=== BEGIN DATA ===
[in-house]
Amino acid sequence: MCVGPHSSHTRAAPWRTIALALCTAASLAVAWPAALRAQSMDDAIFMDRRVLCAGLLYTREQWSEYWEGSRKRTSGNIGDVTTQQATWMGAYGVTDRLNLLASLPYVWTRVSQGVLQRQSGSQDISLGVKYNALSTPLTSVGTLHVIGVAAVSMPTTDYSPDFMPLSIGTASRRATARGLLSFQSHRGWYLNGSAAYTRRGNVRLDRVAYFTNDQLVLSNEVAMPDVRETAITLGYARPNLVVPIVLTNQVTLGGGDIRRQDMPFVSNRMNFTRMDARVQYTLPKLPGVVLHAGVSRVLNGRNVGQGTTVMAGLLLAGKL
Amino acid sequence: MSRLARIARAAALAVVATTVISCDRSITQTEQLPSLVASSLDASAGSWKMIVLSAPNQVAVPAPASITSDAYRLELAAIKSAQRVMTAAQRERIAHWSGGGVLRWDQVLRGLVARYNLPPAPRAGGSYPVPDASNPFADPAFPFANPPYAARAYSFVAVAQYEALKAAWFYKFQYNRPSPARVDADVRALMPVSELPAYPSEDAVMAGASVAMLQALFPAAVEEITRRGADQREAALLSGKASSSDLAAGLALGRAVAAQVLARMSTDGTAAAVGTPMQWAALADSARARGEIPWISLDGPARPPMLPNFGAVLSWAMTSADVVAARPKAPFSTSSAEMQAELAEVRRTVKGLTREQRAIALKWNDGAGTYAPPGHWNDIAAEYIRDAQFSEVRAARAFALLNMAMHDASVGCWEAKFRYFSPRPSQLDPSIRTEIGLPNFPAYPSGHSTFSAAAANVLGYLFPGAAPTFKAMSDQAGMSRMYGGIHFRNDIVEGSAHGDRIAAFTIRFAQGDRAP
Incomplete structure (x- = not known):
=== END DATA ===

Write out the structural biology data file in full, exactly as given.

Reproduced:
[in-house]
Amino acid sequence: MCVGPHSSHTRAAPWRTIALALCTAASLAVAWPAALRAQSMDDAIFMDRRVLCAGLLYTREQWSEYWEGSRKRTSGNIGDVTTQQATWMGAYGVTDRLNLLASLPYVWTRVSQGVLQRQSGSQDISLGVKYNALSTPLTSVGTLHVIGVAAVSMPTTDYSPDFMPLSIGTASRRATARGLLSFQSHRGWYLNGSAAYTRRGNVRLDRVAYFTNDQLVLSNEVAMPDVRETAITLGYARPNLVVPIVLTNQVTLGGGDIRRQDMPFVSNRMNFTRMDARVQYTLPKLPGVVLHAGVSRVLNGRNVGQGTTVMAGLLLAGKL
Amino acid sequence: MSRLARIARAAALAVVATTVISCDRSITQTEQLPSLVASSLDASAGSWKMIVLSAPNQVAVPAPASITSDAYRLELAAIKSAQRVMTAAQRERIAHWSGGGVLRWDQVLRGLVARYNLPPAPRAGGSYPVPDASNPFADPAFPFANPPYAARAYSFVAVAQYEALKAAWFYKFQYNRPSPARVDADVRALMPVSELPAYPSEDAVMAGASVAMLQALFPAAVEEITRRGADQREAALLSGKASSSDLAAGLALGRAVAAQVLARMSTDGTAAAVGTPMQWAALADSARARGEIPWISLDGPARPPMLPNFGAVLSWAMTSADVVAARPKAPFSTSSAEMQAELAEVRRTVKGLTREQRAIALKWNDGAGTYAPPGHWNDIAAEYIRDAQFSEVRAARAFALLNMAMHDASVGCWEAKFRYFSPRPSQLDPSIRTEIGLPNFPAYPSGHSTFSAAAANVLGYLFPGAAPTFKAMSDQAGMSRMYGGIHFRNDIVEGSAHGDRIAAFTIRFAQGDRAP
Incomplete structure (x- = not known):